Clostridium difficile is the leading cause of hospital-acquired diarrhea. Antibiotic use is the primary risk factor for the development of C. difficile-infections (CDI) because it disrupts normal protective gut flora and enables C. difficile to colonize the colon. The current treatment for CDI, administration of additional antibiotics, is increasingly ineffective and often results in relapse of the disease. New strategies to treat this important pathogen are urgently needed and one such approach is to target its virulence. Toxigenic C. difficile strains produce two toxins, toxin A and toxin B that are considered to be the major virulence factors. The toxins encoding genes, tcdA and tcdB are part of a pathogenicity locus, which also carry the gene encodes for the toxin genes positive regulator tcdR. TcdR is an alternate sigma factor that is specifically required for expression of tcdA and tcdB. In a preliminary study we found that tcdR in C. difficile to affect both toxin production and sporulation. It is hypothesized that a small molecule that inhibits TcdR would block toxin production along with sporulation and will serve as an anti-pathogenic agent against C. difficile. Different TcdR activated promoter-reporter fusions were developed and have been shown in E. coli to be appropriate for high-throughput screening. In the first specific aim, we propose to develop series of recombinanat TcdR activated promoter reporter fusions in E. coli and in B. subtilis for high throughput screening. Employing these reporter fusions, we will conduct a pilot screening of small molecule libraries from the KU-HTS core for compounds that inhibit TcdR activity. Second aim of the grant will focus on understanding the influence of TcdR on sporulation. We propose to study the influence on TcdR on sin (sporulation inhibition) locus transcription in C. difficile.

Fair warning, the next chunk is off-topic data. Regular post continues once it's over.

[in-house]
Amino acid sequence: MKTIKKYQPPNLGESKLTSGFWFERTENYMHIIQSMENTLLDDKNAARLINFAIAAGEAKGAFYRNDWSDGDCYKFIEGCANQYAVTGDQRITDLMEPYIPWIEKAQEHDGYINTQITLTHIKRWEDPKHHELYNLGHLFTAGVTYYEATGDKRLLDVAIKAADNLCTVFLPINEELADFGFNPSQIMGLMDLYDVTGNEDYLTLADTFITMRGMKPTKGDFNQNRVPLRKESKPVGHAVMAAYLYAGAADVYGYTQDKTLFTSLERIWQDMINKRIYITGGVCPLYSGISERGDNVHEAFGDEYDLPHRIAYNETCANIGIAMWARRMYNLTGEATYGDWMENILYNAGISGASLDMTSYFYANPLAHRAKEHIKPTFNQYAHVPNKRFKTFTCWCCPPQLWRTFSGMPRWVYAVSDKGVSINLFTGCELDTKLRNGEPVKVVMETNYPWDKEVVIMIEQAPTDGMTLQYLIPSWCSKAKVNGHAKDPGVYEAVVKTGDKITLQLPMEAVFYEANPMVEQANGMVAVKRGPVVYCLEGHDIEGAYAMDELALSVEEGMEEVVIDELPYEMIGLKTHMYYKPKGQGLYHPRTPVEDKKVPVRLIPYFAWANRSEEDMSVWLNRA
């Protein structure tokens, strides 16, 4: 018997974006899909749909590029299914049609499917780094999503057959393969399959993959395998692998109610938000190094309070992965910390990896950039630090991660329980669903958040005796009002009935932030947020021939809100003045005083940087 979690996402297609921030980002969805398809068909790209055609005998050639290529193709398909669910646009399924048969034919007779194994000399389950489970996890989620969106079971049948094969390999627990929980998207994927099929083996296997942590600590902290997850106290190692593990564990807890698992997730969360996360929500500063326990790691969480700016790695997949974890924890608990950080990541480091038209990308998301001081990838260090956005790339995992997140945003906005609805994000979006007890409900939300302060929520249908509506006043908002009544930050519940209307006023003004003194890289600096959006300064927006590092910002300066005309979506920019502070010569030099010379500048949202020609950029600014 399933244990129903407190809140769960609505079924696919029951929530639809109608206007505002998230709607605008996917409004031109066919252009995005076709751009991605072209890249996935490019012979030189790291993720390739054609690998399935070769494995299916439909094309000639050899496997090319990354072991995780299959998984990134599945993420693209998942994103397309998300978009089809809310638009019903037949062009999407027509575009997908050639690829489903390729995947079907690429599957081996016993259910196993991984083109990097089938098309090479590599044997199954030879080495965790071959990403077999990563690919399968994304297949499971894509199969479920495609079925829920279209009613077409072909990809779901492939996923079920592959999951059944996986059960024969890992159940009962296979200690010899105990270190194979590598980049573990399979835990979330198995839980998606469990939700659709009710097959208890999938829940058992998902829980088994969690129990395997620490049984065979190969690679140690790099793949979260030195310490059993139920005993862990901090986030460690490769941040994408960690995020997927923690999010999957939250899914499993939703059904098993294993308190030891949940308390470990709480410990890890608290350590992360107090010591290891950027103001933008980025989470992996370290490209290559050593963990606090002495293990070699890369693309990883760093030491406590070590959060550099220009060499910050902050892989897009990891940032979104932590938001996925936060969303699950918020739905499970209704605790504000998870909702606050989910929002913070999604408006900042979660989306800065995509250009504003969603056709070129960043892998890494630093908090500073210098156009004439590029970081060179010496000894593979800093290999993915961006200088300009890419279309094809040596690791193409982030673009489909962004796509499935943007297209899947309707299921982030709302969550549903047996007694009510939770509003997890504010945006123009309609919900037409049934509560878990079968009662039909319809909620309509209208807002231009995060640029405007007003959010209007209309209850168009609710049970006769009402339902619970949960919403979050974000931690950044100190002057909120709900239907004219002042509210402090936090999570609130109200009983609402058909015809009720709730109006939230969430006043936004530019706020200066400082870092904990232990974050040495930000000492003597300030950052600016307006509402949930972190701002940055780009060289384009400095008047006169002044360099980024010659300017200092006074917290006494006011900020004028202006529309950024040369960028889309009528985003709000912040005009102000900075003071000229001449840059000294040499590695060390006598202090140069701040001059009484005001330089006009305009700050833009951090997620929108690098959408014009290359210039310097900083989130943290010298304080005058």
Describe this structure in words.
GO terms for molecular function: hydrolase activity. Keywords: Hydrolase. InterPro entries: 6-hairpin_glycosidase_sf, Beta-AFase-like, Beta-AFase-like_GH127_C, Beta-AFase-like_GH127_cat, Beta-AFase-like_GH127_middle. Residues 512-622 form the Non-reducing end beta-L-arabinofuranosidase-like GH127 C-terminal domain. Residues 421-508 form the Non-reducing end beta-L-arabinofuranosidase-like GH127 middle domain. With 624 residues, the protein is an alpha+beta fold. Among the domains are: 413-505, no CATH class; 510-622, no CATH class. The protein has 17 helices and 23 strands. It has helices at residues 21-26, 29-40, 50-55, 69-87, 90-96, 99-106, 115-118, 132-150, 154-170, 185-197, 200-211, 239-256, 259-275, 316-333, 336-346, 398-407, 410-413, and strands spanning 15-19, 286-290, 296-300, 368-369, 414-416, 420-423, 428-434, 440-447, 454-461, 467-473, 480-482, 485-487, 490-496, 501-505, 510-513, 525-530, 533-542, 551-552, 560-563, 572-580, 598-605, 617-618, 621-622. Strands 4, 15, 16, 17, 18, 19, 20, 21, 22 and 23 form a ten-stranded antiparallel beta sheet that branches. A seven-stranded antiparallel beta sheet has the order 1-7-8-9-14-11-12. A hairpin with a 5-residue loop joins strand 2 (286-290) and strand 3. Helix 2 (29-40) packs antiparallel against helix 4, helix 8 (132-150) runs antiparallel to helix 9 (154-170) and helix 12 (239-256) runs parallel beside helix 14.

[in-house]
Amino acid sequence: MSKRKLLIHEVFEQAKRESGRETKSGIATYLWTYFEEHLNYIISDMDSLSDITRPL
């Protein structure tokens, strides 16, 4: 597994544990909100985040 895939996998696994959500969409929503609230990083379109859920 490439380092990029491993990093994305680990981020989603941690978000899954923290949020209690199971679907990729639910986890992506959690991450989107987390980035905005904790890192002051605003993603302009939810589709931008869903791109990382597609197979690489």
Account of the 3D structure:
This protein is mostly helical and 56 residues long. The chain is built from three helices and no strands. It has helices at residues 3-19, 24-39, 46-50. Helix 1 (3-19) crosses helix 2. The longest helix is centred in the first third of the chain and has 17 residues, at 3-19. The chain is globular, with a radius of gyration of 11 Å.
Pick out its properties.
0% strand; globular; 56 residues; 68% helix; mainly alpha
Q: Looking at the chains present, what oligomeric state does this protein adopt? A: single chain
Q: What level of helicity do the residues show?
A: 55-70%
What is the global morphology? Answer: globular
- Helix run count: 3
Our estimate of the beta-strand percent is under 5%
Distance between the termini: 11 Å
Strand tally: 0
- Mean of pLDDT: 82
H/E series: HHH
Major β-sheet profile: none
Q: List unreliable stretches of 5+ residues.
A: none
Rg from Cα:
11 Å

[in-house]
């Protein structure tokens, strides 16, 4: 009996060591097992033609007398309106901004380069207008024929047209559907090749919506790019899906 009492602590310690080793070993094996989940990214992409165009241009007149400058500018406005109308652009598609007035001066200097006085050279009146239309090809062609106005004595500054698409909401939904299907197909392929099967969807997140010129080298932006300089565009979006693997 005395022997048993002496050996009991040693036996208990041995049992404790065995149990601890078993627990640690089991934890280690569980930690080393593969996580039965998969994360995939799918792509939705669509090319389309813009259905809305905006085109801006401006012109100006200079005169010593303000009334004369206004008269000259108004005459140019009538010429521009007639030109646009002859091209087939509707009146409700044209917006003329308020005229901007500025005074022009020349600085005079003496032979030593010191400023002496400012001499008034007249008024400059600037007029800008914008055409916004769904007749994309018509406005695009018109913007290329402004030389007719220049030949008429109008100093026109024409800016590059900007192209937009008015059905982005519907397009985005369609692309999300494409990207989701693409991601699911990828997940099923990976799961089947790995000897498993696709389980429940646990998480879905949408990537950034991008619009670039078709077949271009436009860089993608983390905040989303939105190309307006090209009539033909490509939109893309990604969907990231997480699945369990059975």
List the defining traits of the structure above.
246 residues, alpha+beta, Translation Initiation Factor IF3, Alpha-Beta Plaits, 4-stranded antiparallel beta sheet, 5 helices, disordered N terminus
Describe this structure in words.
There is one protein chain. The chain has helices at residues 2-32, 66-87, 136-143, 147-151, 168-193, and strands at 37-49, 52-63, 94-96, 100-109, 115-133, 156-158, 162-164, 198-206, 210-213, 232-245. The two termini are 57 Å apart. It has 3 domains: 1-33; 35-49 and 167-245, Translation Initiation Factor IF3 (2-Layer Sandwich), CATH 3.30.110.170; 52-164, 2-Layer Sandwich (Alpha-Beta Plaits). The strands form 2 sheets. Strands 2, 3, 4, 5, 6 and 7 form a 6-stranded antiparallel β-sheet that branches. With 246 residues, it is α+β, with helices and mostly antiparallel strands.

Alternate sigma factors are known to regulate virulence and virulence associated genes in many pathogenic bacteria. Including toxin genes, TcdR may regulate other virulence-associated genes in C. difficile. We have created and characterized, tcdR mutant in two different C. difficile strains. Mutation in tcdR affected both toxin production and sporulation in C. difficile. Microarray analysis revealed many differentially expressed sporulation-associated genes in tcdR mutant. In this project in our first aim, we propose to test the role of TcdR in C. difficile sporulation. In our second aim, we are proposing to monitor TcdR dependent promoter expression at cellular level, using a novel reporter system. During the current decade there has been a dramatic increase in the incidence and severity of C. difficile infections due to the emergence of hypertoxinogenic C. difficile strains. Our long- term goal is to unravel pathogenic mechanisms of C. difficile, thus new strategies to prevent, treat and manage C. difficile infection can be developed.